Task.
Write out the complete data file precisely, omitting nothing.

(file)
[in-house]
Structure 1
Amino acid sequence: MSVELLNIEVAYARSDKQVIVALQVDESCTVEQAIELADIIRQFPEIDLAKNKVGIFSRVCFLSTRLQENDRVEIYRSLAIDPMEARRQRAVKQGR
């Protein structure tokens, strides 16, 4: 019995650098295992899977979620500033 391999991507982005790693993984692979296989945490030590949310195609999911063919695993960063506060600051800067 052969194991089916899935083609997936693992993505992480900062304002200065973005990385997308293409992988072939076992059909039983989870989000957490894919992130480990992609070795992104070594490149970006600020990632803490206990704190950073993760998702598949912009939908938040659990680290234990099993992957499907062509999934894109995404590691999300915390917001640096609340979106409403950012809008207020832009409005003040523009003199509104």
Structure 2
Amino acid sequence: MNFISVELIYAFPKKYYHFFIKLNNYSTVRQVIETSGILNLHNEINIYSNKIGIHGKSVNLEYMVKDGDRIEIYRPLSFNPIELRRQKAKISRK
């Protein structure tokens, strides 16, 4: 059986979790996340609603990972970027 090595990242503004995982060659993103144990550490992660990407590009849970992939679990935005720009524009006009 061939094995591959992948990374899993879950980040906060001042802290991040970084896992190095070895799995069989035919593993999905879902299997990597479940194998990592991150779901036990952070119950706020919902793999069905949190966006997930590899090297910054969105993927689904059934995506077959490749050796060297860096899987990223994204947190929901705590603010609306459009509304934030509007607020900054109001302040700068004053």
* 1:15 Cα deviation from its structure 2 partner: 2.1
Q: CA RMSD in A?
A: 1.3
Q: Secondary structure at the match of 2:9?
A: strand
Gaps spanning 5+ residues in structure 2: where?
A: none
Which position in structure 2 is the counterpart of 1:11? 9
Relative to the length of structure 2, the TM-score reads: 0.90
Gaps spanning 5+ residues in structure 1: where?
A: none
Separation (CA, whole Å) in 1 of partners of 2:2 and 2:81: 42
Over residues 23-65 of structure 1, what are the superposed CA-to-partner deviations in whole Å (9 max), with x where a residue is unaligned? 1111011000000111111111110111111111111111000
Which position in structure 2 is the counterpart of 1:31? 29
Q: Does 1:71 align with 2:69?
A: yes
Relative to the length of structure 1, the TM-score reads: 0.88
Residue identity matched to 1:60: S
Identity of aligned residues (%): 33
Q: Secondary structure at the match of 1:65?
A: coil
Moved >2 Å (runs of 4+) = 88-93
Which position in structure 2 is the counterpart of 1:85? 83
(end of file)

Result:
[in-house]
Structure 1
Amino acid sequence: MSVELLNIEVAYARSDKQVIVALQVDESCTVEQAIELADIIRQFPEIDLAKNKVGIFSRVCFLSTRLQENDRVEIYRSLAIDPMEARRQRAVKQGR
């Protein structure tokens, strides 16, 4: 019995650098295992899977979620500033 391999991507982005790693993984692979296989945490030590949310195609999911063919695993960063506060600051800067 052969194991089916899935083609997936693992993505992480900062304002200065973005990385997308293409992988072939076992059909039983989870989000957490894919992130480990992609070795992104070594490149970006600020990632803490206990704190950073993760998702598949912009939908938040659990680290234990099993992957499907062509999934894109995404590691999300915390917001640096609340979106409403950012809008207020832009409005003040523009003199509104």
Structure 2
Amino acid sequence: MNFISVELIYAFPKKYYHFFIKLNNYSTVRQVIETSGILNLHNEINIYSNKIGIHGKSVNLEYMVKDGDRIEIYRPLSFNPIELRRQKAKISRK
């Protein structure tokens, strides 16, 4: 059986979790996340609603990972970027 090595990242503004995982060659993103144990550490992660990407590009849970992939679990935005720009524009006009 061939094995591959992948990374899993879950980040906060001042802290991040970084896992190095070895799995069989035919593993999905879902299997990597479940194998990592991150779901036990952070119950706020919902793999069905949190966006997930590899090297910054969105993927689904059934995506077959490749050796060297860096899987990223994204947190929901705590603010609306459009509304934030509007607020900054109001302040700068004053």
* 1:15 Cα deviation from its structure 2 partner: 2.1
Q: CA RMSD in A?
A: 1.3
Q: Secondary structure at the match of 2:9?
A: strand
Gaps spanning 5+ residues in structure 2: where?
A: none
Which position in structure 2 is the counterpart of 1:11? 9
Relative to the length of structure 2, the TM-score reads: 0.90
Gaps spanning 5+ residues in structure 1: where?
A: none
Separation (CA, whole Å) in 1 of partners of 2:2 and 2:81: 42
Over residues 23-65 of structure 1, what are the superposed CA-to-partner deviations in whole Å (9 max), with x where a residue is unaligned? 1111011000000111111111110111111111111111000
Which position in structure 2 is the counterpart of 1:31? 29
Q: Does 1:71 align with 2:69?
A: yes
Relative to the length of structure 1, the TM-score reads: 0.88
Residue identity matched to 1:60: S
Identity of aligned residues (%): 33
Q: Secondary structure at the match of 1:65?
A: coil
Moved >2 Å (runs of 4+) = 88-93
Which position in structure 2 is the counterpart of 1:85? 83